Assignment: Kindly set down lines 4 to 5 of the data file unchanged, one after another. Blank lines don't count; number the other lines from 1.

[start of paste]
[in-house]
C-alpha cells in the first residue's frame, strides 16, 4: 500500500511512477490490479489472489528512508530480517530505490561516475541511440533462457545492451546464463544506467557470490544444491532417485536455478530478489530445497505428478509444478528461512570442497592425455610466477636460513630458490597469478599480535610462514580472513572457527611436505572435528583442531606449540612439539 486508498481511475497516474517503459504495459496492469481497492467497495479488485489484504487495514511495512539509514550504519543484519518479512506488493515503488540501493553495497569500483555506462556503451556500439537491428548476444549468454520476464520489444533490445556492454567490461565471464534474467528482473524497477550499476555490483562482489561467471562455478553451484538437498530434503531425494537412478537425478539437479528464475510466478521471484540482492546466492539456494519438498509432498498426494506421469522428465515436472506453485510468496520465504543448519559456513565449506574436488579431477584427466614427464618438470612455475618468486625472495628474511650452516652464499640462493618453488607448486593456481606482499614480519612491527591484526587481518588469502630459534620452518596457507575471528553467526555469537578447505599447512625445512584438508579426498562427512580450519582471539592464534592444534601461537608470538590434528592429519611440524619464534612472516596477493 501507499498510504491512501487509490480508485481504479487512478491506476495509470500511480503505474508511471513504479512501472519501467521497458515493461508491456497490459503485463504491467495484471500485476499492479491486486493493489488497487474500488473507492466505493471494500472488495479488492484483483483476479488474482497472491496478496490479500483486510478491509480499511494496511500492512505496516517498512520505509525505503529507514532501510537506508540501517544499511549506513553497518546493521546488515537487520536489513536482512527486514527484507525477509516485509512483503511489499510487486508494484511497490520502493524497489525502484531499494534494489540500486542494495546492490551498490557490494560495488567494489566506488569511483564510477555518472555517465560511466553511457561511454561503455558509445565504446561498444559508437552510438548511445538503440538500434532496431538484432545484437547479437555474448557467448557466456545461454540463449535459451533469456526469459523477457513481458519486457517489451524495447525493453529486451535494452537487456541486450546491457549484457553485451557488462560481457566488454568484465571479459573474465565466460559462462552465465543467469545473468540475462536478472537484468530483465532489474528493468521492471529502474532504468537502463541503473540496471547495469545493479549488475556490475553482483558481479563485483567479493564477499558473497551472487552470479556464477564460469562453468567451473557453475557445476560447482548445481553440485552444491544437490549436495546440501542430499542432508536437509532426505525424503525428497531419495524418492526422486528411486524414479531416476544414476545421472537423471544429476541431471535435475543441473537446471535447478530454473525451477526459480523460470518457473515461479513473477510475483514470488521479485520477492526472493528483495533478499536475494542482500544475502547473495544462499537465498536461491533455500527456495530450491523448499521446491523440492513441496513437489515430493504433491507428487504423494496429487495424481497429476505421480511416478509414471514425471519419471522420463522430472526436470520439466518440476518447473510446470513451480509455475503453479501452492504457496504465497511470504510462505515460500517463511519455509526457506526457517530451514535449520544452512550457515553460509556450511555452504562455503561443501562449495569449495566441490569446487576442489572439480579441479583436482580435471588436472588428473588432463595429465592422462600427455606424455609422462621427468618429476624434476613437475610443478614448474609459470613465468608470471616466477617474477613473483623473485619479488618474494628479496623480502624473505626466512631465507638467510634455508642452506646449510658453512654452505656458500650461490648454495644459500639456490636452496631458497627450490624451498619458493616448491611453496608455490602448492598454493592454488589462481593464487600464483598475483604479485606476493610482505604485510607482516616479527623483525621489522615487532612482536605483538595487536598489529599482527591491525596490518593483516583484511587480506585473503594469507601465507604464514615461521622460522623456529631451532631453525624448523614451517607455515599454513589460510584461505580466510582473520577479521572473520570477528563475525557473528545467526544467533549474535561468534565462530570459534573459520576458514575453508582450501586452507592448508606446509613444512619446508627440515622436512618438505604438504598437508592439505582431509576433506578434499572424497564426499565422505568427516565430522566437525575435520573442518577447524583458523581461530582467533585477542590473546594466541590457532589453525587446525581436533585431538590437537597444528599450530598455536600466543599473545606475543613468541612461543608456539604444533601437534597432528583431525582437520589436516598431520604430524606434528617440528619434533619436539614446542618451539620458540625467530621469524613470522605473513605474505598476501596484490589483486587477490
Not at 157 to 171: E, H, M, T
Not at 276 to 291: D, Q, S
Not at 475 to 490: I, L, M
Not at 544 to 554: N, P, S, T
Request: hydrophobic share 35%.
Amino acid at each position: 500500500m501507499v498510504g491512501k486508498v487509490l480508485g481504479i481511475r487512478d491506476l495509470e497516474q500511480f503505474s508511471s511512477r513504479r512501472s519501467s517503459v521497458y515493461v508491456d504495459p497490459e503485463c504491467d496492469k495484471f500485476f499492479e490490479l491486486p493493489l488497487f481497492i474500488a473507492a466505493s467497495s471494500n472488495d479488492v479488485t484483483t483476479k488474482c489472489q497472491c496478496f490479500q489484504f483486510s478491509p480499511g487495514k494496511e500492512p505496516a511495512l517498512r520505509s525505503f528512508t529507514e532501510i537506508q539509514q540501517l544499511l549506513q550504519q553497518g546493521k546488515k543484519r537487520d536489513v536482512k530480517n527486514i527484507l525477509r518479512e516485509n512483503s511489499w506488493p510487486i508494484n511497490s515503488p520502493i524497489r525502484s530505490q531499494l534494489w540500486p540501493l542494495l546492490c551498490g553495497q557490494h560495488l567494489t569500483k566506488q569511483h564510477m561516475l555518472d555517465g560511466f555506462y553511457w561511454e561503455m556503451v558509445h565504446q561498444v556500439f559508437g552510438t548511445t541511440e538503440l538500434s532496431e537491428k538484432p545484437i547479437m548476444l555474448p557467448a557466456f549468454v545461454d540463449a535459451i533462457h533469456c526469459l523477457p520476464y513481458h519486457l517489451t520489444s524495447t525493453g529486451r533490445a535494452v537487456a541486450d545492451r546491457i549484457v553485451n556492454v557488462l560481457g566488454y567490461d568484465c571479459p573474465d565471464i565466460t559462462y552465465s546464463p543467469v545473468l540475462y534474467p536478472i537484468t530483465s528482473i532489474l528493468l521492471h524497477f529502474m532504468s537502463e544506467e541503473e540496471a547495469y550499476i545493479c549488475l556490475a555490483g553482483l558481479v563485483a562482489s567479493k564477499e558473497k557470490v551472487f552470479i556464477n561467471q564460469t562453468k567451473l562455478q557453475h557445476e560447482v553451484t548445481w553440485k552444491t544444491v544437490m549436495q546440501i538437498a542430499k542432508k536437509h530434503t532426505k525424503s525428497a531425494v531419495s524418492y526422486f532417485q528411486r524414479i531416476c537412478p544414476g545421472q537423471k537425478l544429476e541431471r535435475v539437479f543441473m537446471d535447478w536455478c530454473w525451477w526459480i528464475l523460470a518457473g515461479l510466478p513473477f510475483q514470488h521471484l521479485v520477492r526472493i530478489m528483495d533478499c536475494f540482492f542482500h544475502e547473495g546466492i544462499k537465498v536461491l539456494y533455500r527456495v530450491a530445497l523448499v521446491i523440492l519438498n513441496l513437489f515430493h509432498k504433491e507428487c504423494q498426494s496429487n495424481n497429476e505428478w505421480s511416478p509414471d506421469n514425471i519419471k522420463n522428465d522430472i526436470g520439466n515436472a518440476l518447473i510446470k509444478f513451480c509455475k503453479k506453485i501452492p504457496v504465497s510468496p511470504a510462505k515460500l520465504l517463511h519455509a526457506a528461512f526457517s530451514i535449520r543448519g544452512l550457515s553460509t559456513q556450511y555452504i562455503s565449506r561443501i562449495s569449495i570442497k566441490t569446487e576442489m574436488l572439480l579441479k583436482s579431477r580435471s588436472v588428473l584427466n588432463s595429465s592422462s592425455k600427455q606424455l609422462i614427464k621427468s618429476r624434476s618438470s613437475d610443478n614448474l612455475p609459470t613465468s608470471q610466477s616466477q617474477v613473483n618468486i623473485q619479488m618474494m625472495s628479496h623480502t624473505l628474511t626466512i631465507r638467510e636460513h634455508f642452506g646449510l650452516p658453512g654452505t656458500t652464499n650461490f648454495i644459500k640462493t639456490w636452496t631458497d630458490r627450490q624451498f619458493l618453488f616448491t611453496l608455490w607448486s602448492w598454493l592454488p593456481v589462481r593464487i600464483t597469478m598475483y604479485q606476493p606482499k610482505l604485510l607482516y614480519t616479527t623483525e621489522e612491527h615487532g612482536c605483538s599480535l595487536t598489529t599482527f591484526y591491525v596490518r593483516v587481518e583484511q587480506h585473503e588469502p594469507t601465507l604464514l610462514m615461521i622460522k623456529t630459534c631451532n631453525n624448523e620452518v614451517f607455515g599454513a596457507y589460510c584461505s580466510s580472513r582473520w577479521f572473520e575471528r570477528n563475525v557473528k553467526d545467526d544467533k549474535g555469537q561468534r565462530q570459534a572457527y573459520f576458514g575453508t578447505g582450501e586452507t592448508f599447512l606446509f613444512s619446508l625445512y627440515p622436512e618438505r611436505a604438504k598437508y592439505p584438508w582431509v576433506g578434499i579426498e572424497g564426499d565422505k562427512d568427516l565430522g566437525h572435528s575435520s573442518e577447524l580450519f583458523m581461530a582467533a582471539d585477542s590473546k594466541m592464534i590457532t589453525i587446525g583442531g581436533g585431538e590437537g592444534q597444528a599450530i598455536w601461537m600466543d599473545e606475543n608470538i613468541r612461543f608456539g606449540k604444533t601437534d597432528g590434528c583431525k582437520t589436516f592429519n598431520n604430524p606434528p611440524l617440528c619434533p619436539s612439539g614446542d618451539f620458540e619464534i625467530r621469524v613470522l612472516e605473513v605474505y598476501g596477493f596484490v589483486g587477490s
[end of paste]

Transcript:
Not at 276 to 291: D, Q, S
Not at 475 to 490: I, L, M